Handebol is, first at all, a gorgeous exercise in style: It has intimidating close-ups, wide-open detailed compositions, hand-held camera when needed, and even some videoclip sequences whit slow-motion. Scriptwriter, director and editor Anita Rocha da Silveira uses all the technical resources at her reach to display the life of Bia, a girl who likes rock, handball… and blood. Instead of focusing on a special narrative complexity or ordeal, da Silveira uses daily life situations to analyze the way each sex deals, mainly in adolescence, with problems and decisions. However, and although it stages certain youth rituals with naturalness, what really makes Handebol stand out is how it incorporates a teenage feeling to the construction of the film. Again, it’s not the story or its plot twist what stands out, but the kinetic energy the camera, the colors, and the music make the viewer feel. Between its principal festivals and prizes, there’s the International Critics' Prize in The International Short Film Festival Oberhausen, 2011, an Honour Mention at the Rencontres Cinemas D'Amérique Latine de Toulouse, 2011, and the Special Jury Prize at the Curta Cinema -- Rio de Janeiro International Short Film Festival, 2010.

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Drama
Brazil | 21min | 2010
Pugile tells the story of two brothers, one of them with Down Syndrome, each one immersed in their own private worlds. They share only the passion for the telecatch show, and nothing more, but both worlds collide after an unexpected family problem. Danilo Solferini crafted a dark tale of mutual incomprehension, avoided responsibilities and dependence, that unfolds naturally through 20-minutes, taking its time to explore the characters sensitivities and motivations, without rushing the situations. It’s a film of details and moments that, under it’s seemingly serious façade, allows the viewer to discover a rich variety of emotions. A curious Easter egg is that the word "pugile" does not exist in Portuguese, but in Italian it means “boxer”; then, what is Solferini trying to say? Pugile works in different ways, and in this lower and subtle layer, the film offers a vigorously take on symbolism. There’s a fine universe of things related to Italy that extends to the fights, even though it’s not intrusive within the main story. It’s up to the viewer to match the dots.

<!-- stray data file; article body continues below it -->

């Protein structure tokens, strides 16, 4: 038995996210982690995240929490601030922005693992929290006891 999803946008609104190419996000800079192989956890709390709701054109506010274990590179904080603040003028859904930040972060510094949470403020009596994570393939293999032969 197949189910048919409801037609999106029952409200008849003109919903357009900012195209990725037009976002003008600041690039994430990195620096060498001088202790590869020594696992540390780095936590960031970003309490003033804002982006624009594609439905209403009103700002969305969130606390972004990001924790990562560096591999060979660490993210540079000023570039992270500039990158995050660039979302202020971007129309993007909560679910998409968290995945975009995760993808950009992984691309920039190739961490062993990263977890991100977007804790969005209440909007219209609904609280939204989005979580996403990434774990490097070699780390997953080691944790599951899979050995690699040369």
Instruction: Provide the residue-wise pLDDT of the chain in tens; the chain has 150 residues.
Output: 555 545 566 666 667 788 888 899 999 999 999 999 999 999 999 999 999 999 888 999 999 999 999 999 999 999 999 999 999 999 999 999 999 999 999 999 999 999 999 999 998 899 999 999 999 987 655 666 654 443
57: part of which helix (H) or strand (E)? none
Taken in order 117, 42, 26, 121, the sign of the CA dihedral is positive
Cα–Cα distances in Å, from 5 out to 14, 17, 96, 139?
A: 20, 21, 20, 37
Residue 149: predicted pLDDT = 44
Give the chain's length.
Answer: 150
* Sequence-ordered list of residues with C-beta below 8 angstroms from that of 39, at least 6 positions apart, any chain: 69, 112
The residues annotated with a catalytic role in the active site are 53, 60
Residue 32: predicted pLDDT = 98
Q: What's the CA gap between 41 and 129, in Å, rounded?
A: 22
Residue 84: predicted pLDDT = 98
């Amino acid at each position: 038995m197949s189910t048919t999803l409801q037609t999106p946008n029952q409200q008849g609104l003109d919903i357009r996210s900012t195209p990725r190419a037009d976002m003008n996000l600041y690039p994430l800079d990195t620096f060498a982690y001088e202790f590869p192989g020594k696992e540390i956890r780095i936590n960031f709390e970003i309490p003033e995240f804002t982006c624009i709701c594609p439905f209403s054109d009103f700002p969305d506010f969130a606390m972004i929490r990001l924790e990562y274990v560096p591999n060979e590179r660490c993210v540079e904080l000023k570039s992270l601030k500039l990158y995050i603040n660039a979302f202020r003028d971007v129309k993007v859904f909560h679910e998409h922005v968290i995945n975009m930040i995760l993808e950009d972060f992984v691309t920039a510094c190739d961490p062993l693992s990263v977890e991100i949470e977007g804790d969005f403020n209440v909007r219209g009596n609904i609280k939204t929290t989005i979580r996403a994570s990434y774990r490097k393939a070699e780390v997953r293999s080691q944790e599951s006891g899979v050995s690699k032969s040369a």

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Romance
Brazil | 4min | 2014
The Conditioned is an indie short film, presented by Facebook Stories, that shows the poor life of Raimundo Arruda Sobrinho, a man known by his locals for sitting in the same spot every day, for more than 35 years. Even though he looks shabby (and maybe a little bit crazy), Raimundo is also a very capable poet, and writes about the things he lives, feels, and thinks. In April 2011, he met Shalla Monteiro, a young woman that was instantly enchanted by his words and, consequentially, decided to help him with his dream of publishing a book. This is their story, and everything that came with it. In little more than four minutes, The Conditioned manages to transform a seemingly dark ordeal into a very humble tale of overcoming, recurring to a candid look, and a straight-to-the-point narrative; it presents the man, and the poet behind him, thanks to his own writings. The film was made combining footage from a documentary based on Raimundo’s life, shot in São Paulo in 2011 and 2012, and interviews filmed in Goîana, Brazil, in January 2014.